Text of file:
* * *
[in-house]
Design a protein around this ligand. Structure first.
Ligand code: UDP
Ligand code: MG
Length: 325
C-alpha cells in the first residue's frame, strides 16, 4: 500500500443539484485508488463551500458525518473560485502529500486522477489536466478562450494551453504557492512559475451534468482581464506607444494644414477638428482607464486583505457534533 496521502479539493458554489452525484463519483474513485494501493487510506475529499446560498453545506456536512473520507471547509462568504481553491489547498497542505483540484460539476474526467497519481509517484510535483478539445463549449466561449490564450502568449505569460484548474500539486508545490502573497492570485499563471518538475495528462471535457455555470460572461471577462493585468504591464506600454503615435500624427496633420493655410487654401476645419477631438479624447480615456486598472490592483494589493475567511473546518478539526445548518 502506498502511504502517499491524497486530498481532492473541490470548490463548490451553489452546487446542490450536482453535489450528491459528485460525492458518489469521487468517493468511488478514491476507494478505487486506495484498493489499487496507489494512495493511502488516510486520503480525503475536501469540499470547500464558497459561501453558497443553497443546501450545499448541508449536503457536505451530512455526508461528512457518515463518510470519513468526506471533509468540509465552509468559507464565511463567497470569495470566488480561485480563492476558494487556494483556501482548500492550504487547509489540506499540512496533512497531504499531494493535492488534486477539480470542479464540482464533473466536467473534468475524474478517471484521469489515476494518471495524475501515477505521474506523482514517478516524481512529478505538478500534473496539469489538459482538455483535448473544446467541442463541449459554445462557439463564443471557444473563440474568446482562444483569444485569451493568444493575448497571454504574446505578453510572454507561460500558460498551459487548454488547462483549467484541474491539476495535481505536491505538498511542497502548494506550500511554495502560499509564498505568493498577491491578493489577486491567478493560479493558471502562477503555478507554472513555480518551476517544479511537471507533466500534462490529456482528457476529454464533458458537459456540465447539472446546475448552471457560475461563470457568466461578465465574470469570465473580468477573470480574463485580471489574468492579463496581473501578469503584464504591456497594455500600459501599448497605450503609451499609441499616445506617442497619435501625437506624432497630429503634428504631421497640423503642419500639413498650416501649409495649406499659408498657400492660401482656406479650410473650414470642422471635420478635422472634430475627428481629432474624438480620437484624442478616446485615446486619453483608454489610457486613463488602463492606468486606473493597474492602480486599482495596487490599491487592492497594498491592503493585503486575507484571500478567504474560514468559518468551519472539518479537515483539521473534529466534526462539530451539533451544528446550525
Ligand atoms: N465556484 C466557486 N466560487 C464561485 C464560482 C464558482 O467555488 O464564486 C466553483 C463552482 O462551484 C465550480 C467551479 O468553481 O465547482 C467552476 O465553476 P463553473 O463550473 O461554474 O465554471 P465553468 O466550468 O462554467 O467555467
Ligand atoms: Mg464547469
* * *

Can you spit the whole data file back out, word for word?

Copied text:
[in-house]
Design a protein around this ligand. Structure first.
Ligand code: UDP
Ligand code: MG
Length: 325
C-alpha cells in the first residue's frame, strides 16, 4: 500500500443539484485508488463551500458525518473560485502529500486522477489536466478562450494551453504557492512559475451534468482581464506607444494644414477638428482607464486583505457534533 496521502479539493458554489452525484463519483474513485494501493487510506475529499446560498453545506456536512473520507471547509462568504481553491489547498497542505483540484460539476474526467497519481509517484510535483478539445463549449466561449490564450502568449505569460484548474500539486508545490502573497492570485499563471518538475495528462471535457455555470460572461471577462493585468504591464506600454503615435500624427496633420493655410487654401476645419477631438479624447480615456486598472490592483494589493475567511473546518478539526445548518 502506498502511504502517499491524497486530498481532492473541490470548490463548490451553489452546487446542490450536482453535489450528491459528485460525492458518489469521487468517493468511488478514491476507494478505487486506495484498493489499487496507489494512495493511502488516510486520503480525503475536501469540499470547500464558497459561501453558497443553497443546501450545499448541508449536503457536505451530512455526508461528512457518515463518510470519513468526506471533509468540509465552509468559507464565511463567497470569495470566488480561485480563492476558494487556494483556501482548500492550504487547509489540506499540512496533512497531504499531494493535492488534486477539480470542479464540482464533473466536467473534468475524474478517471484521469489515476494518471495524475501515477505521474506523482514517478516524481512529478505538478500534473496539469489538459482538455483535448473544446467541442463541449459554445462557439463564443471557444473563440474568446482562444483569444485569451493568444493575448497571454504574446505578453510572454507561460500558460498551459487548454488547462483549467484541474491539476495535481505536491505538498511542497502548494506550500511554495502560499509564498505568493498577491491578493489577486491567478493560479493558471502562477503555478507554472513555480518551476517544479511537471507533466500534462490529456482528457476529454464533458458537459456540465447539472446546475448552471457560475461563470457568466461578465465574470469570465473580468477573470480574463485580471489574468492579463496581473501578469503584464504591456497594455500600459501599448497605450503609451499609441499616445506617442497619435501625437506624432497630429503634428504631421497640423503642419500639413498650416501649409495649406499659408498657400492660401482656406479650410473650414470642422471635420478635422472634430475627428481629432474624438480620437484624442478616446485615446486619453483608454489610457486613463488602463492606468486606473493597474492602480486599482495596487490599491487592492497594498491592503493585503486575507484571500478567504474560514468559518468551519472539518479537515483539521473534529466534526462539530451539533451544528446550525
Ligand atoms: N465556484 C466557486 N466560487 C464561485 C464560482 C464558482 O467555488 O464564486 C466553483 C463552482 O462551484 C465550480 C467551479 O468553481 O465547482 C467552476 O465553476 P463553473 O463550473 O461554474 O465554471 P465553468 O466550468 O462554467 O467555467
Ligand atoms: Mg464547469